237 search results for Pit Stop
We are now halfway through this race.
Tribal Council madness and a vocabulary lesson ensue
Maid of Might to recieve a rage-fueled power ring in 'Supergirl' #28
The "Scary Movie" spoofsters are at it again, this time with their eyes set on "The Hunger Games".
The director of "District 9" brings us his latest sci-fi fim which stars Matt Damon.
The Bunnies discuss avoiding elimination Marie's grudge
The 'Nebraska' star will receive the fest's Career Achievement Award
'Orange is the New Black' will compete as a drama at Emmys and Golden Globes, pitting it against 'House of Cards'
'Orange is the New Black' will compete as a drama at Emmys and Golden Globes, pitting it against 'House of Cards' Eddie Murphy to reunite with Arsenio Mariah Carey says "I hated" working on "American Idol," especially with "Satan"
Plus, Taylor drops in and Carlton hates everyone
Includes:Waitress! (1981), MPAA Rating: R Squeeze Play (1981), MPAA Rating: R The First Turn-On! (1983), MPAA Rating: R Stuck on You (1983), MPAA Rating: R Waitress! Three lovely waitresses contend with a drunken, slovenly chef and mutinous patrons. ~ Sandra Brennan, All Movie Guide Squeeze Play The estimable New Jersey-based Troma Films, the same firm that brought you such imperishable classics as Toxic Avenger and Chopper Chicks in Zombietown, was responsible for the raunchy baseball farce Squeeze Play. Rather than offer a litany of its highlights (such as they are), we feel that the tenor of the film is implicit in its bare-bones plotline. In the small town of Springborn (its principal industry is a mattress factory), the local all-male baseball team, The Beavers, celebrates each victory by bedding their wives, sweethearts and casual dates. Tired of this chauvinistic treatment, rebellious Samantha (Jenni Hetrick) organizes an all-girl team, the Beaverettes. She forces a battle of the sexes on the baseball diamond, pitting her buxom teammates against the dirty-playing Beavers. Rather enjoyable in its own sleazy way, Squeeze Play occasionally interrupts its R-rated sniggering to offer a parade of shameless product-placement plugs, and halfway through stops dead in its tracks for an interminable wet T-shirt contest. ~ Hal Erickson, All Movie Guide The First Turn-On! In this standard story of sex at summer camp, four campers are trapped for awhile in a cave and begin to fabricate supposedly true tales of their past sexual exploits -- giving rise to several flashbacks as their imaginary adventures unfold one by one. Even the nature-studies counselor who is trapped with them gets in on the act and relates a bizarre story when it is her turn to contribute. As time goes by and no help seems to be on the way, the group -- virginal to the core -- begins to wonder if their lives will end in that unwanted state. ~ Eleanor Mannikka, All Movie Guide Stuck on You A fallen angel is sent to Earth to win back his heavenly status by bringing a feuding couple together again, but only divine intervention could turn this script around. The angel is Gabriel (Irwin Corey), a judge with a variety of digestive problems who scratches where it itches, when it itches -- and Carol (Virginia Penta) and Bill (Mark Mikulski) are the couple now in court to settle a palimony suit. Flashbacks to the couples' happier days, simulated sex, and nudity fill in the time to the final court decision. ~ Eleanor Mannikka, All Movie Guide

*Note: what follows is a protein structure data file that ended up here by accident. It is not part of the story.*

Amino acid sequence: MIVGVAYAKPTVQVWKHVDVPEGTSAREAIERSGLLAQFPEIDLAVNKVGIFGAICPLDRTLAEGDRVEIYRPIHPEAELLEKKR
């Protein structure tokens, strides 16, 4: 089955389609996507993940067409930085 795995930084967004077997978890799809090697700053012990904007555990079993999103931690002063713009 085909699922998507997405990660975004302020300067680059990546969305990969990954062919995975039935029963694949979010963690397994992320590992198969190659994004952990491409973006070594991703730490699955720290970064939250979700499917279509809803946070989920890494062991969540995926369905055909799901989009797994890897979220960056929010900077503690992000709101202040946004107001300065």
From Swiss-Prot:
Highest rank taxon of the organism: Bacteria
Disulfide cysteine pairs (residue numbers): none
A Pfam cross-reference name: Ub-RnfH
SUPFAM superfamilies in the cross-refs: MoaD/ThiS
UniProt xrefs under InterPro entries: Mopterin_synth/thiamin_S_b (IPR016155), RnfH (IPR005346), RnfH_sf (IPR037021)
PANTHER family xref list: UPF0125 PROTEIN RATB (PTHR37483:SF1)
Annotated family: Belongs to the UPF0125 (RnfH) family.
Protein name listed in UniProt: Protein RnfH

Includes:Grumpy Old Men (1993), MPAA Rating: PG-13 Grumpier Old Men (1995), MPAA Rating: PG-13 Grumpy Old Men This cheerful holiday comedy, a surprise box office smash, featured a generous dollop of raunchy, crude humor and was greatly elevated by the presence of masterful performers in the lead roles. Jack Lemmon is John Gustafson, an ice-fishing Minnesota native who has been feuding with his neighbor and former best friend Max Goldman (Walter Matthau) for decades. The battle of wills between John and Max is characterized by crude name calling and harmless practical jokes. Max is unaware that John is having serious problems, chiefly that his daughter Melanie (Daryl Hannah) is experiencing marital woes and that his house is about to be confiscated by an officious IRS agent (Buck Henry). When it seems that John and Max may finally put aside their childish rivalry, however, sexy new neighbor Ariel (Ann-Margret) arrives and dates both men, pitting them against each other more fiercely than ever before. Despite their mutual loathing, the death of a friend, John's problems, and a budding romance between Max's son Jacob (Kevin Pollak) and Melanie may force the two old friends to reconcile. ~ Karl Williams, All Movie Guide Grumpier Old Men In this sequel to the surprise hit Grumpy Old Men, life goes on much as it usually does in Wabasha County, Minnesota, with the only notable differences being that John Gustafson (Jack Lemmon) and Max Goldman (Walter Matthau) are getting along all right (or at least to the extent that they're capable of getting along with each other), and that John's marriage to free-spirited Ariel (Ann-Margret) is working out quite nicely. John and Max's great obsession in life remains fishing, and both are vying to reel in "Catfish Hunter," a trophy fish that local anglers have been trying to catch for ages. However, Max is outraged when Maria Ragetti (Sophia Loren) and her mother Francesca (Ann Morgan Guilbert) arrive in town and take over the local bait and tackle shop, only to announce that they're going to close it down and open an Italian restaurant in its place. Max goes to remarkable lengths to foil Maria's plans, but John thinks that his friend needs a wife, and that Max and Maria might make a good match. Grandpa Gustafson (Burgess Meredith) seems to think he'd be a good mate for Francesca, but then again he's not known for being very fussy about women. John's daughter Melanie (Daryl Hannah) and Max's son Jacob (Kevin Pollak) are trying to work out their own plans to get married, and they might just make it to the altar if John and Max can stop interfering. Grumpier Old Men proved to be the last role for veteran actor Burgess Meredith, who died two years after it was released. ~ Mark Deming, All Movie Guide